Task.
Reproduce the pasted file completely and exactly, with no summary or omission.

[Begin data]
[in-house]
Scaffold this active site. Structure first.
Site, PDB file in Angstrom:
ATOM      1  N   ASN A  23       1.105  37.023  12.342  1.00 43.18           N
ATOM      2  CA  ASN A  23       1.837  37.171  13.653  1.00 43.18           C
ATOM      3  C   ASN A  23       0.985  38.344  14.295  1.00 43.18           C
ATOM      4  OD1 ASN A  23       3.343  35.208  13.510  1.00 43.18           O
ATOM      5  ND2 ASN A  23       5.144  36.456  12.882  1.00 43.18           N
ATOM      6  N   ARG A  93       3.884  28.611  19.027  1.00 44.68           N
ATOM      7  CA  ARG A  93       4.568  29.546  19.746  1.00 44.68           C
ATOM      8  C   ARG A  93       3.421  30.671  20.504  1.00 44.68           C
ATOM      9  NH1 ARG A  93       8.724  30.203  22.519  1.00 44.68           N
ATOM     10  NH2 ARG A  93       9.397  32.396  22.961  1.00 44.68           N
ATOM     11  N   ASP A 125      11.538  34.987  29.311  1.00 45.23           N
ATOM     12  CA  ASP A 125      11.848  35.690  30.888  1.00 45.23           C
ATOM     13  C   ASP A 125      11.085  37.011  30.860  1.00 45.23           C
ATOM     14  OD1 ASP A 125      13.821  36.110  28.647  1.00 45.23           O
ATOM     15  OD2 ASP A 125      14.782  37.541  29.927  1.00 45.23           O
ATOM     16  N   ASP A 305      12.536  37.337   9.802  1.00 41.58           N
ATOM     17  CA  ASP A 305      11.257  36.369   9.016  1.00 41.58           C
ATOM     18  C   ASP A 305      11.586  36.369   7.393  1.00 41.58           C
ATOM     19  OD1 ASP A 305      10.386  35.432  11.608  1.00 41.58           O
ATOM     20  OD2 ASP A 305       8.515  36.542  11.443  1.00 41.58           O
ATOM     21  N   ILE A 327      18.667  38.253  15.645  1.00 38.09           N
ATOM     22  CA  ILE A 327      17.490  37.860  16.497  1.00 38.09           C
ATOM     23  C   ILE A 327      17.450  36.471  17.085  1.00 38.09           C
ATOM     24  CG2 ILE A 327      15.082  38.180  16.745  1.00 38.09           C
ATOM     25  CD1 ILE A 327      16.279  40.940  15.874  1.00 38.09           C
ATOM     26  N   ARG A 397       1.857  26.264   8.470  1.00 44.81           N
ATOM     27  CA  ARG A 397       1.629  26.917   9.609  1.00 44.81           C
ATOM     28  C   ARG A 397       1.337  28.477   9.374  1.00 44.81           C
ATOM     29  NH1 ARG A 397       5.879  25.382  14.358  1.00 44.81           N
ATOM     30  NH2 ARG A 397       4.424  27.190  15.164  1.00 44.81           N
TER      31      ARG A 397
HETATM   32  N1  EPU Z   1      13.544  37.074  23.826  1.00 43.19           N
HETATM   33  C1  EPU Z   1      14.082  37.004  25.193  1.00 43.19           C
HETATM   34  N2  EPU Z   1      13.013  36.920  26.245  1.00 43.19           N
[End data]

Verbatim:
[in-house]
Scaffold this active site. Structure first.
Site, PDB file in Angstrom:
ATOM      1  N   ASN A  23       1.105  37.023  12.342  1.00 43.18           N
ATOM      2  CA  ASN A  23       1.837  37.171  13.653  1.00 43.18           C
ATOM      3  C   ASN A  23       0.985  38.344  14.295  1.00 43.18           C
ATOM      4  OD1 ASN A  23       3.343  35.208  13.510  1.00 43.18           O
ATOM      5  ND2 ASN A  23       5.144  36.456  12.882  1.00 43.18           N
ATOM      6  N   ARG A  93       3.884  28.611  19.027  1.00 44.68           N
ATOM      7  CA  ARG A  93       4.568  29.546  19.746  1.00 44.68           C
ATOM      8  C   ARG A  93       3.421  30.671  20.504  1.00 44.68           C
ATOM      9  NH1 ARG A  93       8.724  30.203  22.519  1.00 44.68           N
ATOM     10  NH2 ARG A  93       9.397  32.396  22.961  1.00 44.68           N
ATOM     11  N   ASP A 125      11.538  34.987  29.311  1.00 45.23           N
ATOM     12  CA  ASP A 125      11.848  35.690  30.888  1.00 45.23           C
ATOM     13  C   ASP A 125      11.085  37.011  30.860  1.00 45.23           C
ATOM     14  OD1 ASP A 125      13.821  36.110  28.647  1.00 45.23           O
ATOM     15  OD2 ASP A 125      14.782  37.541  29.927  1.00 45.23           O
ATOM     16  N   ASP A 305      12.536  37.337   9.802  1.00 41.58           N
ATOM     17  CA  ASP A 305      11.257  36.369   9.016  1.00 41.58           C
ATOM     18  C   ASP A 305      11.586  36.369   7.393  1.00 41.58           C
ATOM     19  OD1 ASP A 305      10.386  35.432  11.608  1.00 41.58           O
ATOM     20  OD2 ASP A 305       8.515  36.542  11.443  1.00 41.58           O
ATOM     21  N   ILE A 327      18.667  38.253  15.645  1.00 38.09           N
ATOM     22  CA  ILE A 327      17.490  37.860  16.497  1.00 38.09           C
ATOM     23  C   ILE A 327      17.450  36.471  17.085  1.00 38.09           C
ATOM     24  CG2 ILE A 327      15.082  38.180  16.745  1.00 38.09           C
ATOM     25  CD1 ILE A 327      16.279  40.940  15.874  1.00 38.09           C
ATOM     26  N   ARG A 397       1.857  26.264   8.470  1.00 44.81           N
ATOM     27  CA  ARG A 397       1.629  26.917   9.609  1.00 44.81           C
ATOM     28  C   ARG A 397       1.337  28.477   9.374  1.00 44.81           C
ATOM     29  NH1 ARG A 397       5.879  25.382  14.358  1.00 44.81           N
ATOM     30  NH2 ARG A 397       4.424  27.190  15.164  1.00 44.81           N
TER      31      ARG A 397
HETATM   32  N1  EPU Z   1      13.544  37.074  23.826  1.00 43.19           N
HETATM   33  C1  EPU Z   1      14.082  37.004  25.193  1.00 43.19           C
HETATM   34  N2  EPU Z   1      13.013  36.920  26.245  1.00 43.19           N